“I’m self-taught. Along the way I tried to learn from other people and from books. For the last few years I’ve been pursuing a bit more art education, the Illustration Master Class and things like that, but most of it is just looking at other people’s work, studying it – and then making myself draw a lot. I cultivate the good sort of artistic self-doubt – you come back to something you did and say, ‘Okay, that line is not quite the way I want it to be.’ The artist Peter de Sève said, ‘An artist’s drawing is a catalog of the shapes that he loves. When I’m drawing something, I’m trying to find the shapes that please me.’ He guesses that’s what people call a style. That’s so beautiful for writers or artists. You’re just trying to find the line that pleases you, and not being complacent.

“I sometimes feel that as an illustrator I was raised by wolves. I don’t have as large a local illustration community as I’d like, and I’m still very much developing it online. I used to get over my shyness by introducing myself to people in different ways. If I met a writer, I’d say I was an illustrator. If I met an illustrator, I’d say I was a writer. Then I’d meet the musicians and say, ‘Hi, can I carry your harp?’

“The online art community is very important to me, but I think it’s the larger literary storytelling community I love – sitting around talking to someone about words, and then they throw out a line, and then you draw a picture, and then they write something they thought of, and then you say, ‘No, I wanted to draw rats, not mice,’ and then they change their story – I love that collaborative aspect of the online community.

“Six or seven years ago I was part of a fairytale group art show in Brisbane, and that’s the first time I really did the silhouettes as I’m doing them now. I had done silhouettes previously, and I had cut-out designs in the sketchbook I started to work up to that art show. I keep finding old pieces I did, usually on white paper, often with pinpricks incorporated, which I don’t do now. I can trace it back to those early days of doing a lot of crafts – we had a book of ‘Pennsylvania Dutch crafts’, with cut-paper designs. We also had lots of old rural handyman’s guides, about how to make lanterns with tins and a nail, punching holes in them. The Reader’s Digest Self-Sufficiency Handbook had plans for making things like old-style wooden cradles and folding tables – I remember cutting a lot of those out of cardboard and making miniatures of them just to follow the instructions. Cutting things up to make other things has always been interesting to me. My silhouettes came out of making stuff with my hands.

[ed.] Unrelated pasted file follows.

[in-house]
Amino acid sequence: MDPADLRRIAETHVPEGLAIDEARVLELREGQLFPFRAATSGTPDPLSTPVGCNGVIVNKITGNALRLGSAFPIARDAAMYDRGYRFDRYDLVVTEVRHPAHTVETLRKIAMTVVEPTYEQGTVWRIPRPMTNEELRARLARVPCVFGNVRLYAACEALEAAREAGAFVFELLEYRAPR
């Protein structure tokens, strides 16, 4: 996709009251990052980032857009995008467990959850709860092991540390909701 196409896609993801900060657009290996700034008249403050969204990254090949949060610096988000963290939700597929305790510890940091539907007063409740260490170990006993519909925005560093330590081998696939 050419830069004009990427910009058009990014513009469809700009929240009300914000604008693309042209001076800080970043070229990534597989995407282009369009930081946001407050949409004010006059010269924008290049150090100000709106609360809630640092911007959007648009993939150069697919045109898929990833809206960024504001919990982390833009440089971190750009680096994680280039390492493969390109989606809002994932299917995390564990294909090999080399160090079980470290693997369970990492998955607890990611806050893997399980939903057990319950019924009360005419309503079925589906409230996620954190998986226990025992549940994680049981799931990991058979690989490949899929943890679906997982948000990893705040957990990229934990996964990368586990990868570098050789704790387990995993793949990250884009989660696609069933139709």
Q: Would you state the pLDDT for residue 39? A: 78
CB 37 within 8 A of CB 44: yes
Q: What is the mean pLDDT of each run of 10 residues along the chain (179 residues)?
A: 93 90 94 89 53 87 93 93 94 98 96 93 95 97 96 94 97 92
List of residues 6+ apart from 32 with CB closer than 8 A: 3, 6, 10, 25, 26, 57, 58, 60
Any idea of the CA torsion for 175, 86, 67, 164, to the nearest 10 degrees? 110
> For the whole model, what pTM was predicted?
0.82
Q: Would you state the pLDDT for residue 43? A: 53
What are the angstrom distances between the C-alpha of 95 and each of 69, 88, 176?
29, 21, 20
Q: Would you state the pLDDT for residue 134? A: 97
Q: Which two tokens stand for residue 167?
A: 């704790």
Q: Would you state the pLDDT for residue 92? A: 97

“I did have to learn to interpret stories on the page, picking what scenes to illustrate. In the beginning I was doing a lot of cover art, and now I’m doing interior illustrations as well, which has a lot more of that process – which moment do I illustrate? How do I visualize this world and the people moving within it? A book cover has a lot of other external considerations, because it needs to essentially sell the book. The beauty of a lot of small-press and specialty and limited edition publishing is that the market is there. You can do things which ornament the book as well as sell it. I really appreciate that early training in the small press world, because it let me have fun while I was learning.

“I always had a very visual memory. A lot of times I can’t remember if I’ve read a book or seen a movie of it, because when I read, I imagine it so vividly. The process of bringing the story onto the page is very natural. I can draw my own ideas onto the page, but it’s quite difficult to illustrate my own writing after I’ve written it, whereas with someone else, I’m seeing it visually as I read. Sometimes I read with a pen in hand and sketch as I go to capture those fleeting moments. ‘Oh, yes, I want people running there, there’s a hint of something snuffling in the leaf mold, how do I catch that?’ I love that sense of reading a book through a pen.

“I studied English literature at uni, and I just submitted an illustrated master of philosophy in English literature – it’s like a half-size PhD. It’s not an MFA, because it’s a research-based degree like a PhD, but it’s only two years, ideally. When I sat down to write the dissertation, I realized all of that inclination to interpret and analyze and reposition and do certain readings of texts had gone into my illustration. As an illustrator you’re commenting, you’re reinventing, and you’re supporting and analyzing. I love it when writers realize that’s what illustrators are doing, because it becomes this lovely conversation about a work with someone who’s read it very closely. That part of illustrating I found fairly natural, because of my university experience. There were a lot of technical points I had to learn, but being allowed to play in other people’s books was very fun.”

Interview design by Francesca Myman. Photo by Liza Groen Trombi.

Read the full interview in the January 2019 issue of Locus.